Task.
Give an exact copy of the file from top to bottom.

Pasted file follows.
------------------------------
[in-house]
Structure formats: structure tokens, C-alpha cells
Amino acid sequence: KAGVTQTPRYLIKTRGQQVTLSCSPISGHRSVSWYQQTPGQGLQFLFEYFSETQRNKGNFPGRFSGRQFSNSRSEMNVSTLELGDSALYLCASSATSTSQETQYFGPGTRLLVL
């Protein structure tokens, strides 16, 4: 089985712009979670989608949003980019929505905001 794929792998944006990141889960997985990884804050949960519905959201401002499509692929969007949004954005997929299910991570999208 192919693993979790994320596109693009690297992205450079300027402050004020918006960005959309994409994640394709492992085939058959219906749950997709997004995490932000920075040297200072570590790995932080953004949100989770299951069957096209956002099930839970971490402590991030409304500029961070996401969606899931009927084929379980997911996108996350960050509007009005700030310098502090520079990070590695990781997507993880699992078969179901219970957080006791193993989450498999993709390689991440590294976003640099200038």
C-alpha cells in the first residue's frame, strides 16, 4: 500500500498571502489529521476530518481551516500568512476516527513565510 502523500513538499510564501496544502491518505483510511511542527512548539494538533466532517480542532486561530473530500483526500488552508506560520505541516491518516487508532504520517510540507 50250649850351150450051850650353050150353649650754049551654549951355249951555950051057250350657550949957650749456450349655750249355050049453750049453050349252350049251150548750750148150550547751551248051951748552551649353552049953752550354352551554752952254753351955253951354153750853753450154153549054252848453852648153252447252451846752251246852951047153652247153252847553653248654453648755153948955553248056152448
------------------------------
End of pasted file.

[in-house]
Structure formats: structure tokens, C-alpha cells
Amino acid sequence: KAGVTQTPRYLIKTRGQQVTLSCSPISGHRSVSWYQQTPGQGLQFLFEYFSETQRNKGNFPGRFSGRQFSNSRSEMNVSTLELGDSALYLCASSATSTSQETQYFGPGTRLLVL
């Protein structure tokens, strides 16, 4: 089985712009979670989608949003980019929505905001 794929792998944006990141889960997985990884804050949960519905959201401002499509692929969007949004954005997929299910991570999208 192919693993979790994320596109693009690297992205450079300027402050004020918006960005959309994409994640394709492992085939058959219906749950997709997004995490932000920075040297200072570590790995932080953004949100989770299951069957096209956002099930839970971490402590991030409304500029961070996401969606899931009927084929379980997911996108996350960050509007009005700030310098502090520079990070590695990781997507993880699992078969179901219970957080006791193993989450498999993709390689991440590294976003640099200038």
C-alpha cells in the first residue's frame, strides 16, 4: 500500500498571502489529521476530518481551516500568512476516527513565510 502523500513538499510564501496544502491518505483510511511542527512548539494538533466532517480542532486561530473530500483526500488552508506560520505541516491518516487508532504520517510540507 50250649850351150450051850650353050150353649650754049551654549951355249951555950051057250350657550949957650749456450349655750249355050049453750049453050349252350049251150548750750148150550547751551248051951748552551649353552049953752550354352551554752952254753351955253951354153750853753450154153549054252848453852648153252447252451846752251246852951047153652247153252847553653248654453648755153948955553248056152448